On June 6, Judge Albright granted Meta Platforms. Inc.’s (Meta) 12(b)(6) motion to dismiss a complaint filed by Grecia Estate Holdings LLC in part relying on Grecia’s representations in IPR2016-00789 (IPR) to the PTAB that successfully defeated institution of the IPR.
The complaint alleged infringement of claim 16 of U.S.P. 8,402,555 (‘555). Claim 16 reads:
16. The computer program product of claim 15, wherein the membership verification token comprises at least one token selected from a group consisting of a purchase permission, a rental permission, or membership permission coupled to a royalty scheme;
wherein the permission is represented by one or more of a letter, number, combination of letters and numbers phrase, authorization, list, interface button or an instrument of trade for access rights of the encrypted digital media.
Claim 15 required that the “membership verification token provided by a first user, corresponding to the encrypted digital media” which is also a limitation of claim 16. Grecia in its complaint asserted that Facebook user’s “PayPal account or Debit and Credit Card number” was the “membership verification token.” However, in the IPR Grecia asserted in its POPR that credit card information could not be the token because a credit number corresponds to the credit card account and not digital media. In the IPR the assertion carried the day for Grecia and institution of the IPR was denied. As a result, the court found that Grecia’s allegations in the complaint contradict its prior statements in the IPR as to the scope of the claim. The court found that Grecia failed to “articulate why it is plausible that the accused product infringes the patent claim.” The court concluded Grecia cannot plausibly allege infringement on this ground.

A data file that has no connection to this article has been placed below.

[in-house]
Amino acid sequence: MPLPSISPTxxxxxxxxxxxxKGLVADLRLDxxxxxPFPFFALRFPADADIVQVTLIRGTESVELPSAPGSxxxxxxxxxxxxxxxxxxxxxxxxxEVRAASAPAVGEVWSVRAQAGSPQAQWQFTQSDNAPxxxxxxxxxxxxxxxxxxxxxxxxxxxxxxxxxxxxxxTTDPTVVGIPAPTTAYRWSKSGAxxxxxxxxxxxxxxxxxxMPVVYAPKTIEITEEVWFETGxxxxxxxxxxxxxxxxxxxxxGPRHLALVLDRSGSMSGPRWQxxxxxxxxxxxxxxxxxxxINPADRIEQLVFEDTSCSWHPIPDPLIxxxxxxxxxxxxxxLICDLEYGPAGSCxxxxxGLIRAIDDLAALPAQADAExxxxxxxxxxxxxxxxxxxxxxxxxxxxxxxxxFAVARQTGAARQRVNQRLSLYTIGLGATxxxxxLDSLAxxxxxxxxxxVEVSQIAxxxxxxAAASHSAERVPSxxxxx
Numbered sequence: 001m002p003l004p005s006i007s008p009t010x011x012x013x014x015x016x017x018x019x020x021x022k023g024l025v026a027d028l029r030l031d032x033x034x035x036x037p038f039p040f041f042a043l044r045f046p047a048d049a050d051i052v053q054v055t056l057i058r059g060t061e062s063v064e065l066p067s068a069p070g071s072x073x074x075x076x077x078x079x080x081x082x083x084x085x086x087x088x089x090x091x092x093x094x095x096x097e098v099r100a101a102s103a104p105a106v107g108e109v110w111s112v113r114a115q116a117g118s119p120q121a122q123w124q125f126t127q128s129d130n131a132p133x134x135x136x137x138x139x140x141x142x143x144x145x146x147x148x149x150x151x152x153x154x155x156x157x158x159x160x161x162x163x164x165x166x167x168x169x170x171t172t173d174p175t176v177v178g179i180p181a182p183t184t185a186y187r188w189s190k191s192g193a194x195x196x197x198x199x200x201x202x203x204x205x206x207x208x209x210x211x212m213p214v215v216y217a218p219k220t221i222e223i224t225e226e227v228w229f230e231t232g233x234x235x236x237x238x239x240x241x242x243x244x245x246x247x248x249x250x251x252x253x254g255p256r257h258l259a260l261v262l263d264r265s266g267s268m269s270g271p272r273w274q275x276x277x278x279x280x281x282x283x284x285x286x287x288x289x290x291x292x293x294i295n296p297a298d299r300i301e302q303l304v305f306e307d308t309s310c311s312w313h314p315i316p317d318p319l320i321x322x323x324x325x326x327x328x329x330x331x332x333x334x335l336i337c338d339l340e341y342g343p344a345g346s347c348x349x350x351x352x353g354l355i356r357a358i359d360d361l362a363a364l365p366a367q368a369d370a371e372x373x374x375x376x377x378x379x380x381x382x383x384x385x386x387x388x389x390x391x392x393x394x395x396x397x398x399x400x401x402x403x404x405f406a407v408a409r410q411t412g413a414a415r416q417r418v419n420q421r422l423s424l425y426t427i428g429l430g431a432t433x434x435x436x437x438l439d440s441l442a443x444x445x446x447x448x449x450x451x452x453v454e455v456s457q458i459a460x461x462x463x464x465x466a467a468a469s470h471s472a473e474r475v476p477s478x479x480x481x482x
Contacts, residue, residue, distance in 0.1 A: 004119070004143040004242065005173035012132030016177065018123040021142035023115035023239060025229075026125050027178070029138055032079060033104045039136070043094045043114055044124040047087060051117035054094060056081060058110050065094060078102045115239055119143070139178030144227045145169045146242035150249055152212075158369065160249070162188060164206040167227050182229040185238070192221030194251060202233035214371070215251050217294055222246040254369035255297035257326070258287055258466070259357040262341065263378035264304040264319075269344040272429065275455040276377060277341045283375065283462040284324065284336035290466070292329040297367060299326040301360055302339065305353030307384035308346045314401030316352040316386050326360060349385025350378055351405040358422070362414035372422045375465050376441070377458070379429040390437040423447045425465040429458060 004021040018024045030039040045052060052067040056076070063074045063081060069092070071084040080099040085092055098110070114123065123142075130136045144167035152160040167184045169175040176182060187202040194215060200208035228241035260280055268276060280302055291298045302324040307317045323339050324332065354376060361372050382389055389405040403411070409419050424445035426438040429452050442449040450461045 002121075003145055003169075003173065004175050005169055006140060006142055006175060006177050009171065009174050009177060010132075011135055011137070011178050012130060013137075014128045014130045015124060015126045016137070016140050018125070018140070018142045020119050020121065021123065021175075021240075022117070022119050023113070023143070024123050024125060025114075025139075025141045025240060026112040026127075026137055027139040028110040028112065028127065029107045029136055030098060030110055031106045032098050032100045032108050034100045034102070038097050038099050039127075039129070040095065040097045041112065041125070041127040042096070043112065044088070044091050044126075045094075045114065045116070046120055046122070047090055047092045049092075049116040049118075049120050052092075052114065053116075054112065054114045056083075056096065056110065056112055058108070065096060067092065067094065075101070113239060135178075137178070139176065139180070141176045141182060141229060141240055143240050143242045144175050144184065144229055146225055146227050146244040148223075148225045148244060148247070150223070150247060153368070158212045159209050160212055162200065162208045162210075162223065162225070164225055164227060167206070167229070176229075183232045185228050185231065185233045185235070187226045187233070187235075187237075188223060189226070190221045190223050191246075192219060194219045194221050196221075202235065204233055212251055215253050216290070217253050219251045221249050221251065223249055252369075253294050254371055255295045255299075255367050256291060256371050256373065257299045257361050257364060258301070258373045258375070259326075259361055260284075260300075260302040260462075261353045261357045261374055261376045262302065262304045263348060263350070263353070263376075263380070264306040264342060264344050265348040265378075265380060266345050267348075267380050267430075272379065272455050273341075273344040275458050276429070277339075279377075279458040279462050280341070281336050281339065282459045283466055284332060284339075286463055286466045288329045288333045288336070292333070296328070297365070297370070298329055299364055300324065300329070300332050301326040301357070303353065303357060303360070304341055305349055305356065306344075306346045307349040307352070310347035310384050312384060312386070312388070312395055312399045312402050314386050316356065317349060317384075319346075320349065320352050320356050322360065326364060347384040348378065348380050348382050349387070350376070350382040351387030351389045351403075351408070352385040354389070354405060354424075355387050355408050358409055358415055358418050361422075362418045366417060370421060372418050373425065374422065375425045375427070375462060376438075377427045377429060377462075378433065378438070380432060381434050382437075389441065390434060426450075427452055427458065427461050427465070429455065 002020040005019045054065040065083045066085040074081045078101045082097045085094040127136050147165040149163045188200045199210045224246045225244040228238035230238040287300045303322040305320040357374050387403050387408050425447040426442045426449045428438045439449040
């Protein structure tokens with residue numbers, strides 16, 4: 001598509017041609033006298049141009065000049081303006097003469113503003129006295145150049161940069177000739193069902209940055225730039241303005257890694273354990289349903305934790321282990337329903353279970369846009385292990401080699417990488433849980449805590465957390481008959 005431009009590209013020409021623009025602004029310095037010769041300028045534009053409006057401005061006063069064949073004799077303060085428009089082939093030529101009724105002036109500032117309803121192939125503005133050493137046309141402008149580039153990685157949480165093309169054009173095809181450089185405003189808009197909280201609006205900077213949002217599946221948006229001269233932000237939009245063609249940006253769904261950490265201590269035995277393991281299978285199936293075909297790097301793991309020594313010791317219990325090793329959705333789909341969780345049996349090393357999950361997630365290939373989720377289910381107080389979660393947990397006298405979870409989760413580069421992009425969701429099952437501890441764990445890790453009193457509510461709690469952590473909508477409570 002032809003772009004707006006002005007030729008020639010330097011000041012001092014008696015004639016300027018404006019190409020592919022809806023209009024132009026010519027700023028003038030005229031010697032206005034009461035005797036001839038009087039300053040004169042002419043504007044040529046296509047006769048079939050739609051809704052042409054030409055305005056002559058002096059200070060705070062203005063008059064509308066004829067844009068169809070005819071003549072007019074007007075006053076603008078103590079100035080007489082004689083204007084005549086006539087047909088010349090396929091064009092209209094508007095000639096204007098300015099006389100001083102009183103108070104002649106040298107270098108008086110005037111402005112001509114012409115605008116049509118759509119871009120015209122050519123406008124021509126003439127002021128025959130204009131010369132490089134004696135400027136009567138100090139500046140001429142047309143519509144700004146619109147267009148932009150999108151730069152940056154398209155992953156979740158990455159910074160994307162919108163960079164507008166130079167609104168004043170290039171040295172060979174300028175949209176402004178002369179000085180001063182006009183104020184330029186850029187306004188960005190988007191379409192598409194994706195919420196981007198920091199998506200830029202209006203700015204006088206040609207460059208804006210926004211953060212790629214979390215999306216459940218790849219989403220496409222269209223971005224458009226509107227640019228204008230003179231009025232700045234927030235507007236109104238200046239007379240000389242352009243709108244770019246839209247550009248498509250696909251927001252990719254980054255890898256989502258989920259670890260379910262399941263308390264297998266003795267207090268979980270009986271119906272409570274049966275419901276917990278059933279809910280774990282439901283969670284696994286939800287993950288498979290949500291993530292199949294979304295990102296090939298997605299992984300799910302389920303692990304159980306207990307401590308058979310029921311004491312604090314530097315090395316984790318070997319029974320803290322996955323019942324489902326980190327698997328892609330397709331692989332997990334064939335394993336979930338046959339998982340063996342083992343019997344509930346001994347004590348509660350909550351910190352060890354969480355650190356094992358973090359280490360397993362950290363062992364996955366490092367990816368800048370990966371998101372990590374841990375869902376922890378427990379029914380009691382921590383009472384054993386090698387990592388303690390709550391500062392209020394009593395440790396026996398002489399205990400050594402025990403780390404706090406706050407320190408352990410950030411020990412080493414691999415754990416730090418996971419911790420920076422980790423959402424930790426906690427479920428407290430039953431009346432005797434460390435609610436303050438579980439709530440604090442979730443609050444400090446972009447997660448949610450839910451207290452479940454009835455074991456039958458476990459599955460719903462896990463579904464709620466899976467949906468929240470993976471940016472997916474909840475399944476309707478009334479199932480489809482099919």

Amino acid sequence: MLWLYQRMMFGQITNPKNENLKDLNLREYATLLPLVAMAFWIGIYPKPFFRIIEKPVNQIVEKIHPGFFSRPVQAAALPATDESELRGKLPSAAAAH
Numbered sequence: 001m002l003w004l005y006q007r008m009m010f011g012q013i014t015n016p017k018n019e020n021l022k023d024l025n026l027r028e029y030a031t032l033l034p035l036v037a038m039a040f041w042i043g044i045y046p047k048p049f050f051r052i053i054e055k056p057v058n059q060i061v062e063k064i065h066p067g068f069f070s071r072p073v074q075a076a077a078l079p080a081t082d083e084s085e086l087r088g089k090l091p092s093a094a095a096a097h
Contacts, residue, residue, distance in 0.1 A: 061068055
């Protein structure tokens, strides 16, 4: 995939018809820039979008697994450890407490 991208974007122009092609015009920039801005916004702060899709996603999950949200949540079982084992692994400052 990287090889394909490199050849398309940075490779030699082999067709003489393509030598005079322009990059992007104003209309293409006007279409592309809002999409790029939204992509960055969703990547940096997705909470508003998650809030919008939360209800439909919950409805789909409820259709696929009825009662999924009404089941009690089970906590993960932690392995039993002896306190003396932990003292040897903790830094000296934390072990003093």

The key point is that representations made in an IPR as to claim scope can provide a basis for a dismissal on the pleadings. The IPR was treated by the court as part of the prosecution history of the patent citing Aylus Networks, Inc. v. Apple, Inc., 856 F.3d 1353, 1362 n.3 (Fed. Cir. 2017). As such in an IPR one must be careful in arguing for patentability not to create a history which makes pleading infringement difficult or impossible.